In support of the proposition that “[p]roblems of double jeopardy arise when the court acts on its own motion,” the Advisory Committee's notes cite United States v. Smith, 331 U.S. 469, 67 S.Ct. 1330, 91 L.Ed. 1610 (1947). In Smith, the defendant argued that even though Rule 33 required him to move for a new trial within five days of the verdict, the trial court could order a new trial on its own motion at any time. See Smith, 331 U.S. at 473. Smith rejected such a construction of Rule 33 for a number of reasons, including that it would raise Double Jeopardy concerns:
[I]t would be a strange rule which deprived a judge of power to do what was asked when request was made by the person most concerned, and yet allowed him to act without petition. If a condition of the power is that request for its exercise be not made, serious constitutional issues would be raised. For it is such request which obviates any later objection the defendant might make on the ground of double jeopardy.
Id. at 474 (citing Murphy, 177 U.S. at 160 (1900) and Ex parte Lange, 85 U.S. (18 Wall.) 163, 21 L.Ed. 872 (1873)). In other words, Smith explains that-as with retrial after reversal on appeal-the defendant's consent is the reason double jeopardy is not implicated when the court grants his motion for a new trial under Rule 33. For that reason, a new trial can only be granted under that Rule upon a defendant's motion.
Emphasizing this principle-that a Rule 33 motion can be made only by a defendant Navarro Viayra held that a district court may not convert a defendant's motion under Rule 29 for judgment of acquittal into a Rule 33 motion for a new trial. See 365 F.3d at 795. We must reach a similar conclusion here. Although Alvarez–Moreno declined to specify in his motion what remedy he wanted, he was explicit and emphatic in the hearing before the district court that he did not want a new trial, and he moved to vacate the new trial order on double jeopardy grounds once it was issued. The district court therefore erred in converting Alvarez–Moreno's motion, over his objection, into a Rule 33 motion for a new trial.
We are sympathetic to the situation the district court found itself in. A clear legal error had occurred. If and when Alvarez–Moreno appealed, the conviction would have been overturned and the case remanded for a new trial. Under such circumstances, it undoubtedly seemed preferable to cut to the chase and simply order a new trial. But once jeopardy has attached, “the defendant retain[s] primary control over the course to be followed in the event of ․ error.” United States v. Dinitiz, 424 U.S. 600, 609, 96 S.Ct. 1075, 47 L.Ed.2d 267 (1976). The district court's decision, although understandable, deprived Alvarez–Moreno of any such control.3
 We therefore vacate the district court's December 11, 2009 order that set aside the conviction and ordered a new trial under Rule 33, as well as its January 26, 2010 order that also justified the new trial by declaring the first proceeding a mistrial under Rule 26.3. We remand with instructions to deny Alvarez–Moreno's “Motion to Set Aside Verdict by Trial Court,” which cites no rule or authority and was procedurally improper. If Alvarez–Moreno wants to correct the legal error, he can make a proper motion under Rule 33 for a new trial, or he can appeal the final judgment after he is sentenced; in either event, under the principles discussed earlier, he would have consented to retrial. Alternatively, Alvarez–Moreno may view those two routes as merely prolonging the inevitable, and so may decide that he does not want to undergo the stress of another trial. If so, he is, of course, entirely free to forego any Rule 33 motion or appeal and accept the sentence meted out on the basis of the conviction after it is reinstated upon remand. That sentence would “not [be] void, but voidable, and if the sentence[is] complied with he could not [be] punished again for the same offense.” Murphy, 177 U.S. at 160.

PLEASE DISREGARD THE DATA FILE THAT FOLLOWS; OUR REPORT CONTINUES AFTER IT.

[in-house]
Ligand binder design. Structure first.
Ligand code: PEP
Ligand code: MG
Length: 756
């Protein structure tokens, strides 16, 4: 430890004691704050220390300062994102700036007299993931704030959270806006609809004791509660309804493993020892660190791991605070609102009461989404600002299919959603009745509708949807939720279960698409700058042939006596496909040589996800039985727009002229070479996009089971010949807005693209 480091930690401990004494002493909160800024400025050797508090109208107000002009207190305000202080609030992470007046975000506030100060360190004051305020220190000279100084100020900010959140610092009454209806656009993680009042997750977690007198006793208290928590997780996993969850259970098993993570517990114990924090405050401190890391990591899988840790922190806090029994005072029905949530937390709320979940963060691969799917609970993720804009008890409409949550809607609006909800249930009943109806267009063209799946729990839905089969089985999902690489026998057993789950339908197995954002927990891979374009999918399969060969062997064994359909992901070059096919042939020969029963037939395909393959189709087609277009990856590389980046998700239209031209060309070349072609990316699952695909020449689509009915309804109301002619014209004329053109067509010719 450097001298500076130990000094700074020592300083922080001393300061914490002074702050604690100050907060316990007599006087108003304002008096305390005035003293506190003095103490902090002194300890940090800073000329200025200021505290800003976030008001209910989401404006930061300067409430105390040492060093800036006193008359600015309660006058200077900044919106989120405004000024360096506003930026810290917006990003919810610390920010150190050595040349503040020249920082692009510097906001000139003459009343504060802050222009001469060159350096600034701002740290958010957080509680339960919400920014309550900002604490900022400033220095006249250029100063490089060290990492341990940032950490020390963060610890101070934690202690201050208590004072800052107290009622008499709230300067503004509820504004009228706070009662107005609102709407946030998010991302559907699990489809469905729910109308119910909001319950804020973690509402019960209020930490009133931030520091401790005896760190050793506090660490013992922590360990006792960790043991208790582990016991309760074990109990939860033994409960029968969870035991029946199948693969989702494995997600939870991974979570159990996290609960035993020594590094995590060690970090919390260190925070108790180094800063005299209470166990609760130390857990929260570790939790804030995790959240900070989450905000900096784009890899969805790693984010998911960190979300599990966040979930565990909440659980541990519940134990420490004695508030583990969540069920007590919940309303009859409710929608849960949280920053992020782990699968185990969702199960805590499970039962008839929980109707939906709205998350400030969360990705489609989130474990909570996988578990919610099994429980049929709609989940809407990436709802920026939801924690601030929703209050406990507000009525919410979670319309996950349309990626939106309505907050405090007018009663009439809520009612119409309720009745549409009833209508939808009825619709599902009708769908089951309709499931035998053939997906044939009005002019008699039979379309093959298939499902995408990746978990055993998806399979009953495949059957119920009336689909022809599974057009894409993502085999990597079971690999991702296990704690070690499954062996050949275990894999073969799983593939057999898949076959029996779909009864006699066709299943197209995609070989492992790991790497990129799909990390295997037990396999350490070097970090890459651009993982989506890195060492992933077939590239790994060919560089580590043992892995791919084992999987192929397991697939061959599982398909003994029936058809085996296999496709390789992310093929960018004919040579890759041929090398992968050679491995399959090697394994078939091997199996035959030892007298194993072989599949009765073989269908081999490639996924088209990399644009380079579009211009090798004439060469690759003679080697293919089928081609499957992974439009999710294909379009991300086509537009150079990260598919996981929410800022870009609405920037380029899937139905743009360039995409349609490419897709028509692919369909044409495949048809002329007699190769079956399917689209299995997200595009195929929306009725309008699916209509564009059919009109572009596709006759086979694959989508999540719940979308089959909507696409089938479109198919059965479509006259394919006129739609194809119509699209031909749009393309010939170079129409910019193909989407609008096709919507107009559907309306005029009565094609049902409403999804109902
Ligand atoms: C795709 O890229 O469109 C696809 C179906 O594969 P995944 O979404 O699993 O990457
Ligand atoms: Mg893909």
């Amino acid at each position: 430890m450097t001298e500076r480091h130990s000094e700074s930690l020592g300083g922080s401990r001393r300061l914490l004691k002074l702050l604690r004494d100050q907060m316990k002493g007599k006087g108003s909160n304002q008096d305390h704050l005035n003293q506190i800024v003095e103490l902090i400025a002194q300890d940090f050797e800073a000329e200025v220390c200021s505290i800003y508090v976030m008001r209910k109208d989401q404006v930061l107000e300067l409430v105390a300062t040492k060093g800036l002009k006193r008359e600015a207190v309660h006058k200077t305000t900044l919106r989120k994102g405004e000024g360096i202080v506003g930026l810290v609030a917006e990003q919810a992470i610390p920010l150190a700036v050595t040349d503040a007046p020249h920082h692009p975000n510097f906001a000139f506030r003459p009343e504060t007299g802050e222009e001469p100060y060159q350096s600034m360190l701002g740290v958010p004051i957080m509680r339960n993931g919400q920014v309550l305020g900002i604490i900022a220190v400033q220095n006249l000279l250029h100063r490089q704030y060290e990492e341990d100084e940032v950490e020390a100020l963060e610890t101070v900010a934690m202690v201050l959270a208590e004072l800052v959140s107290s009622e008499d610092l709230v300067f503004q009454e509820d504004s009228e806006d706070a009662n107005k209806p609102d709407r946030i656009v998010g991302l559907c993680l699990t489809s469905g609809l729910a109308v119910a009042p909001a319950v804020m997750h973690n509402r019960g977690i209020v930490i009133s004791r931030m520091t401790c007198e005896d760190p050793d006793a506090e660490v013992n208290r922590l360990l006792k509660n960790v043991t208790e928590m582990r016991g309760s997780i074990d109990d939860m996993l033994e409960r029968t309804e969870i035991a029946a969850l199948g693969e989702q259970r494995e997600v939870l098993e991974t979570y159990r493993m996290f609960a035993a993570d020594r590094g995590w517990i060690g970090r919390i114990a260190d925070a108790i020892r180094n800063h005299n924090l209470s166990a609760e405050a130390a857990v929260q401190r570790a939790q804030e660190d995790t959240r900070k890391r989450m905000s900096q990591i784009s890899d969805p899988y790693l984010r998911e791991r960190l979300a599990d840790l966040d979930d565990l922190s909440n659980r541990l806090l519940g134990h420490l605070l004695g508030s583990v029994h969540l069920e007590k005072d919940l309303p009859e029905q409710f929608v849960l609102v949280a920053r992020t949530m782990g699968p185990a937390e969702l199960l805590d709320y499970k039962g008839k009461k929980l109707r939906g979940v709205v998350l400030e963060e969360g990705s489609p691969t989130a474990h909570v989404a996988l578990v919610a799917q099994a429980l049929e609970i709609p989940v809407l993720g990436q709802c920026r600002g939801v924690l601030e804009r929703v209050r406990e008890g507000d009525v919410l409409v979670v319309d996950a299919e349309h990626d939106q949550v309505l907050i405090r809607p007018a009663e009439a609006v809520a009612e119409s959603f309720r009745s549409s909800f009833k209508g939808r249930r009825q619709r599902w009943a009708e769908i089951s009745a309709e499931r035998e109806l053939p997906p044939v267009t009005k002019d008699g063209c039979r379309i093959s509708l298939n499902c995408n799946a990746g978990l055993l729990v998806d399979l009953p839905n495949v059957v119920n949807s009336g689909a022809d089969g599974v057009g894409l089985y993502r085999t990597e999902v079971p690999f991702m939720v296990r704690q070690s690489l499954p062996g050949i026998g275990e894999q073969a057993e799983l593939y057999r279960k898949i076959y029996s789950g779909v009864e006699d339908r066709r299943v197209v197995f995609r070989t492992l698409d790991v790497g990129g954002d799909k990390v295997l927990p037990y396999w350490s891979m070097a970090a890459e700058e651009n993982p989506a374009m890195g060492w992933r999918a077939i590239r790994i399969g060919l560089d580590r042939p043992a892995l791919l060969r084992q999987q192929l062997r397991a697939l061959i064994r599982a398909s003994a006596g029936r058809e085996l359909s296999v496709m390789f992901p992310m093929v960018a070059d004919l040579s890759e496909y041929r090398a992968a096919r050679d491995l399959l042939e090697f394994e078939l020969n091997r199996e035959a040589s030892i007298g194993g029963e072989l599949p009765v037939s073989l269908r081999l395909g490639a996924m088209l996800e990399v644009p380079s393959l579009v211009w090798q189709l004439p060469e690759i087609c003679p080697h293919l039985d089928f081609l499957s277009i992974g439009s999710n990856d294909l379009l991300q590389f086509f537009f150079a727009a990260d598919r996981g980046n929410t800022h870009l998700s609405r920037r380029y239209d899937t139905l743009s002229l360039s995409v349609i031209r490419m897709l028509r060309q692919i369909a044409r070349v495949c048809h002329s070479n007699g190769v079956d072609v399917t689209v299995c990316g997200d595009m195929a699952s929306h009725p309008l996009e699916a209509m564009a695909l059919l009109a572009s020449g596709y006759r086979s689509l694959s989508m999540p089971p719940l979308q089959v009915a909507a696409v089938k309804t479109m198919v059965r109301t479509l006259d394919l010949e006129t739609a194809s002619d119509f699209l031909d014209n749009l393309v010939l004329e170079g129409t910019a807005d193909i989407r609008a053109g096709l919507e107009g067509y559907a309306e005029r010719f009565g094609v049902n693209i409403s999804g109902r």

1. The Double Jeopardy Clause does not allow retrial, however, if the conviction is overturned because of a failure of proof at trial. See Burks v. United States, 437 U.S. 1, 16, 98 S.Ct. 2141, 57 L.Ed.2d 1 (1978); see also 6 Wayne R. LaFave et al., Criminal Procedure § 25.4(b) (3d ed. 2007 & Supp.2010).
2. Rule 26.3 provides: “Before ordering a mistrial, the court must give each defendant and the government an opportunity to comment on the propriety of the order, to state whether that party consents or objects, and to suggest alternatives.” Fed.R.Crim.P. 26.3. We review de novo a district court's interpretation and application of the Federal Rules of Criminal Procedure. United States v. Navarro Viayra, 365 F.3d 790, 793 (9th Cir.2004).
3. Considering a counterfactual demonstrates the danger in sanctioning the district court's grant of a new trial in these circumstances: If Alvarez–Moreno had not taken an interlocutory appeal, and was retried and convicted at the second trial ordered by the district court. Alvarez–Moreno would no doubt appeal and have a strong argument that because he never consented, his second trial violated double jeopardy. See, e.g., United States v. Patterson, 381 F.3d 859, 862–63 (9th Cir.2004). But insofar as the first trial was invalid, too, because of the insufficient waiver of the right to a jury trial, see Bailon–Santana, 429 F.3d at 1261; Duarte–Higareda, 113 F.3d at 1003, properly convicting Alvarez–Moreno likely would require a third trial (assuming a third trial even would be permissible in such circumstances). Better, in our view, to engage in a little formalism now to avoid a bigger quagmire in the future.
BERZON, Circuit Judge: